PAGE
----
Unfortunately, injecting the reductant into the exhaust gas to regenerate the exhaust gas treatment device consumes reductant, increasing the cost of operating the engine. In addition, some of the reductant used in regeneration is not consumed and passes into the atmosphere as hydrocarbon slip, potentially increasing one type of emission.

From the foregoing discussion, it should be apparent that a need exists for an apparatus, system, and method regenerate an exhaust gas treatment device using reductant more efficiently and with reduced hydrocarbon slip. Beneficially, such an apparatus, system, and method would reduce the expense and emissions from operating engines.

SUMMARY OF THE INVENTION

The present invention has been developed in response to the present state of the art, and in particular, in response to the problems and needs in the art that have not yet been fully solved by currently available exhaust gas treatment device regeneration methods. Accordingly, the present invention has been developed to provide an apparatus, system, and method for regenerating an exhaust gas treatment device that overcome many or all of the above-discussed shortcomings in the art.

The apparatus to regenerate an exhaust gas treatment device is provided with a logic unit containing a plurality of modules configured to functionally execute the necessary steps of providing reductant over a plurality of rich intervals and reducing the reductant over a lean interval between the rich intervals. These modules in the described embodiments include an injector and a controller module.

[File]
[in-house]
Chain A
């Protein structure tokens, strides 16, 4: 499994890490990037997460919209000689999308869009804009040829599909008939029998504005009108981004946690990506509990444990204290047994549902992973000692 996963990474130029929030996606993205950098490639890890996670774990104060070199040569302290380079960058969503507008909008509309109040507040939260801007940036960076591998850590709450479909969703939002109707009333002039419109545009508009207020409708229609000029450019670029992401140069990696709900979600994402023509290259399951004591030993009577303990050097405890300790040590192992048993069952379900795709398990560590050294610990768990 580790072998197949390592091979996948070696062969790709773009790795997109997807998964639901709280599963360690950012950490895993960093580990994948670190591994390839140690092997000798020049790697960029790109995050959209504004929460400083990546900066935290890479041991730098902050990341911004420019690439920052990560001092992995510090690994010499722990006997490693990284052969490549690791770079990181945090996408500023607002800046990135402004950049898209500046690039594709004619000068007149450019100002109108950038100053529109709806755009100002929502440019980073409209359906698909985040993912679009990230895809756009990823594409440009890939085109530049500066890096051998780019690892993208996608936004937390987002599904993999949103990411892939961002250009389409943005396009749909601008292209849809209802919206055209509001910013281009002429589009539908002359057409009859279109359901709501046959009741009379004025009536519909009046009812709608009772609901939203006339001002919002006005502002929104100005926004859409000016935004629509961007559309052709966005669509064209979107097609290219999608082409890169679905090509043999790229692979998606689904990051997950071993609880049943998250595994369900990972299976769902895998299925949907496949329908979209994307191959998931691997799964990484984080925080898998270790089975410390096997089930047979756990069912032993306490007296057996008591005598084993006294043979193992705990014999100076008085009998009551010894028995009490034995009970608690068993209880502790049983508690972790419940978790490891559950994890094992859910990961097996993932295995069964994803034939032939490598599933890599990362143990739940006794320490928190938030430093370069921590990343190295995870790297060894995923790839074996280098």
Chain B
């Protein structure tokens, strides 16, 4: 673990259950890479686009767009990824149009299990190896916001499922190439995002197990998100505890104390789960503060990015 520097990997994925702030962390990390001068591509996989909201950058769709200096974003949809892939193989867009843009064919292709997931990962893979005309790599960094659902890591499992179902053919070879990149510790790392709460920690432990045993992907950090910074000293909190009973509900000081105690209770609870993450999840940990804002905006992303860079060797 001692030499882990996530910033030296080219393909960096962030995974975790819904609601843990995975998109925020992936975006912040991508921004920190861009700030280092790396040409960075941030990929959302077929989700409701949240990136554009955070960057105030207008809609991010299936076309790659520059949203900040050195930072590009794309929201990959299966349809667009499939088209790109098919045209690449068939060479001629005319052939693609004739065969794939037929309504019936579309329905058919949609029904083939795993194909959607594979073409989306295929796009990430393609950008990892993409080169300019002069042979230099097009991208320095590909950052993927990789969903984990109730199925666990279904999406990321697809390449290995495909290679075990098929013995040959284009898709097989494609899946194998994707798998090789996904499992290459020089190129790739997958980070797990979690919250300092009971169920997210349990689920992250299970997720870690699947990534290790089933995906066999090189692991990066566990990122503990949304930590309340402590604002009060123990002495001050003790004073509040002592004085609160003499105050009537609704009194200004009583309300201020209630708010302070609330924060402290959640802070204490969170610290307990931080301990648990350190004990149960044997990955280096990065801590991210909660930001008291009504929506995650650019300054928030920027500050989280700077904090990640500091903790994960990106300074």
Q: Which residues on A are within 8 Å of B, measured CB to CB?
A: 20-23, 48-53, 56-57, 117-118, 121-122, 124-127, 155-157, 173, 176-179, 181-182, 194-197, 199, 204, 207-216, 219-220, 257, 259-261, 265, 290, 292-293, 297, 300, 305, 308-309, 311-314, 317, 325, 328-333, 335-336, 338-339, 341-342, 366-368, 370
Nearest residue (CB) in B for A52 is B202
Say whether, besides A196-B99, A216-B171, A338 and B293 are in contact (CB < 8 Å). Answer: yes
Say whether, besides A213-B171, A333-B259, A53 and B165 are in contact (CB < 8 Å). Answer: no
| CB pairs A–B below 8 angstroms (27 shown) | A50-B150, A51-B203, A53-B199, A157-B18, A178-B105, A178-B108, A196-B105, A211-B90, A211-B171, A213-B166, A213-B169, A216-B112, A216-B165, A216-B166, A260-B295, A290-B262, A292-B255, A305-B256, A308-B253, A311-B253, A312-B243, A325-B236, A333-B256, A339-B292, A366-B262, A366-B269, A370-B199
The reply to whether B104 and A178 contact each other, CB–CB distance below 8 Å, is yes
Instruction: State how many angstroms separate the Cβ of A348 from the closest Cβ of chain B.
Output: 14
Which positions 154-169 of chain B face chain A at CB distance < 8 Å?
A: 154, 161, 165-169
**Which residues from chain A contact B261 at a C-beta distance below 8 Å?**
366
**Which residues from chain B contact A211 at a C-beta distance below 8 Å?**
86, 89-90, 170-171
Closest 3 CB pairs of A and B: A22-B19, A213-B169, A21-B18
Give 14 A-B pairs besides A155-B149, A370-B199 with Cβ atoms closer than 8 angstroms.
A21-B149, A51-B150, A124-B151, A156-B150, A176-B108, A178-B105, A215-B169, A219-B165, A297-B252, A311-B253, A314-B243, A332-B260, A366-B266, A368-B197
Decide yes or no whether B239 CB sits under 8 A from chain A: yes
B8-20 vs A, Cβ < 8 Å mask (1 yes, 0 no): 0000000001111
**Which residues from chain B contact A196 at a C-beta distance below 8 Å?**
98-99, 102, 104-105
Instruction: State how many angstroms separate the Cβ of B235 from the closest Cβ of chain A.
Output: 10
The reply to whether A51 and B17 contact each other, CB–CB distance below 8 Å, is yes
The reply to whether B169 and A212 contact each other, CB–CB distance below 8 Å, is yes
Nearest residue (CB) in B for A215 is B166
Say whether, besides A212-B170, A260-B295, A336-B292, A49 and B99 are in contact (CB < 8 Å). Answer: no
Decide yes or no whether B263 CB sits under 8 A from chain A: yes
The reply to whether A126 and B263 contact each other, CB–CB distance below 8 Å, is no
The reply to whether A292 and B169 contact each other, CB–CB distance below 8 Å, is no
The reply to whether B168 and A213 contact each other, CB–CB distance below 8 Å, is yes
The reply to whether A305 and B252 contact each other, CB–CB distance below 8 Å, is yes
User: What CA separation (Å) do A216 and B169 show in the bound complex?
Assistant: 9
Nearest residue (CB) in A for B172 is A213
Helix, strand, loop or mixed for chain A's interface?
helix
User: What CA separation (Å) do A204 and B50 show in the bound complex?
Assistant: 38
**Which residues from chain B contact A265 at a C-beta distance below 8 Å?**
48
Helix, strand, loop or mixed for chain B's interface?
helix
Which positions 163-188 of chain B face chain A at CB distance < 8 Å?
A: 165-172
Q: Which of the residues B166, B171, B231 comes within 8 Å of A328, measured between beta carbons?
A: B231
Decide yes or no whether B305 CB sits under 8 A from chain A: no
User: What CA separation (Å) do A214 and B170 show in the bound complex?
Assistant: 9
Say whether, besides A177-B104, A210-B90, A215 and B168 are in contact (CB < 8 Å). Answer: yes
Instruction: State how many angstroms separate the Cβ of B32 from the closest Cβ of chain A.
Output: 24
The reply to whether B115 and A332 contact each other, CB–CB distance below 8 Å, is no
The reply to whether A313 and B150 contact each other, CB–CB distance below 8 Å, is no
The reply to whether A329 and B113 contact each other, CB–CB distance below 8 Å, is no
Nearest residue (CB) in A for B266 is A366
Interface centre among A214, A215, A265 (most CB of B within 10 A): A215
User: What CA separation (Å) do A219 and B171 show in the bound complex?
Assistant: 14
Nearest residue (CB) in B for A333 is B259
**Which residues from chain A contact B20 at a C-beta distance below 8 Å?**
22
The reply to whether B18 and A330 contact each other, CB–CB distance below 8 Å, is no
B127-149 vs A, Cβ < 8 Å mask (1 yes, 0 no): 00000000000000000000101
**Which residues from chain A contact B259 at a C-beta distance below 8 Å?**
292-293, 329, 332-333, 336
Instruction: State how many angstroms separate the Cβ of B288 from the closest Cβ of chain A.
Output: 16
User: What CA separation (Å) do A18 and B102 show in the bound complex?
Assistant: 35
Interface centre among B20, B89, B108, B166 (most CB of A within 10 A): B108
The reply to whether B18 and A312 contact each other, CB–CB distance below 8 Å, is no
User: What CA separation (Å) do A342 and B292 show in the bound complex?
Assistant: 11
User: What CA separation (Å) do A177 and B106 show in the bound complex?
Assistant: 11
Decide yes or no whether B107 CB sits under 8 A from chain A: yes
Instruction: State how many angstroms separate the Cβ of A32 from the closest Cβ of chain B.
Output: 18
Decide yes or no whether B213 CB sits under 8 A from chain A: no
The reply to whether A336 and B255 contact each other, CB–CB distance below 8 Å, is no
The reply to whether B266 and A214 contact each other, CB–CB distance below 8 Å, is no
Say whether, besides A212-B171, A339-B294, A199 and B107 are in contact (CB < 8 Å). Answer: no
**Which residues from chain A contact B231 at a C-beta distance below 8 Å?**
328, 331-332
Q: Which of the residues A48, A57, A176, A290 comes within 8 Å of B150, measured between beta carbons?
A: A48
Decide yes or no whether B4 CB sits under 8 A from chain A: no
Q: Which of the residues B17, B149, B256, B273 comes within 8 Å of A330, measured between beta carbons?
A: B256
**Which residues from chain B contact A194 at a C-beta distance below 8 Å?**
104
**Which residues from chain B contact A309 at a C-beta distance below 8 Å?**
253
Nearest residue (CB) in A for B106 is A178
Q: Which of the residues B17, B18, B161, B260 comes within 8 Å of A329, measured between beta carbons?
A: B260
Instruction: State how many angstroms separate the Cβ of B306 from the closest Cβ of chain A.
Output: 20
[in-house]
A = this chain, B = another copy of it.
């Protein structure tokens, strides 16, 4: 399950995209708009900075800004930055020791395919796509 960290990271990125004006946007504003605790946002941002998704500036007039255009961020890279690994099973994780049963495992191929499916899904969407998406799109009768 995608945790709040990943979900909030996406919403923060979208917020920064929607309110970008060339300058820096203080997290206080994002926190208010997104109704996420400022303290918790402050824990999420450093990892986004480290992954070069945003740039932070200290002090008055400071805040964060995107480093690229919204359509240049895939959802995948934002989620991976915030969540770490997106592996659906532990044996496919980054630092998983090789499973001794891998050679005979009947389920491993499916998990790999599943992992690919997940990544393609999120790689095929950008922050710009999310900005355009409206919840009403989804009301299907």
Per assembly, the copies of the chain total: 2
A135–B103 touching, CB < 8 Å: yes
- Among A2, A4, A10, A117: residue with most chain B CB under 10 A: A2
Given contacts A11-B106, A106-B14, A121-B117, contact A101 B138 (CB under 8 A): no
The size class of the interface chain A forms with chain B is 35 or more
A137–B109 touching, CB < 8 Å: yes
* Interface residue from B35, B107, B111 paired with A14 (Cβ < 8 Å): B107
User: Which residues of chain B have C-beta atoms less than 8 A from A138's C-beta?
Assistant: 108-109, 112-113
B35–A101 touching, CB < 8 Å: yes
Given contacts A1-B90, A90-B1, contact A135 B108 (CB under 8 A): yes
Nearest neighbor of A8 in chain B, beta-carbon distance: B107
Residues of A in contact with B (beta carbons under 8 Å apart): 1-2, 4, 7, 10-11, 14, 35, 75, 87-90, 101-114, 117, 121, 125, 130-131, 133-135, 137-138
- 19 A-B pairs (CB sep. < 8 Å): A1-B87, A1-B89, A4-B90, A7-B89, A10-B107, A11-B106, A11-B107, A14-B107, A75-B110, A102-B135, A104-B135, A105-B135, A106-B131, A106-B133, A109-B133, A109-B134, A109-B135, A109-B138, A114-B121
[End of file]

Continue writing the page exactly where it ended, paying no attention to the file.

The injector provides reductant to the exhaust gas treatment device. In one embodiment, the injector disperses measured quantities of the reductant into exhaust gas prior to the exhaust gas entering the exhaust gas treatment device. The injector providing the reductant creates a rich environment within the exhaust gas treatment device wherein the reductant to oxygen ratio of the exhaust gas has an excess of reductant.

The injector provides reductant in response to commands from the controller module. The controller module directs the injector to provide reductant during a regeneration cycle. In addition, the controller module directs the injector to provide reductant over a plurality of rich intervals during the regeneration cycle. The controller module further directs the injector to reduce the reductant provided to the exhaust gas treatment device over a lean interval between each rich interval. During the lean interval, the reductant to oxygen ratio of the exhaust gas has an excess of oxygen.

In one embodiment, the excess oxygen of the lean interval consumes excess reductant in the exhaust gas. Thus the apparatus may reduce the reductant that exits the exhaust gas treatment device as hydrocarbon slip. In addition the apparatus may reduce the quantity of reductant required to regenerate the exhaust gas treatment device, reducing the cost of regeneration.

A system of the present invention is also presented to regenerate an exhaust gas treatment device. The system may be embodied in a diesel engine. In particular, the system, in one embodiment, includes an internal combustion engine, an exhaust gas treatment device, an injector, and a controller module.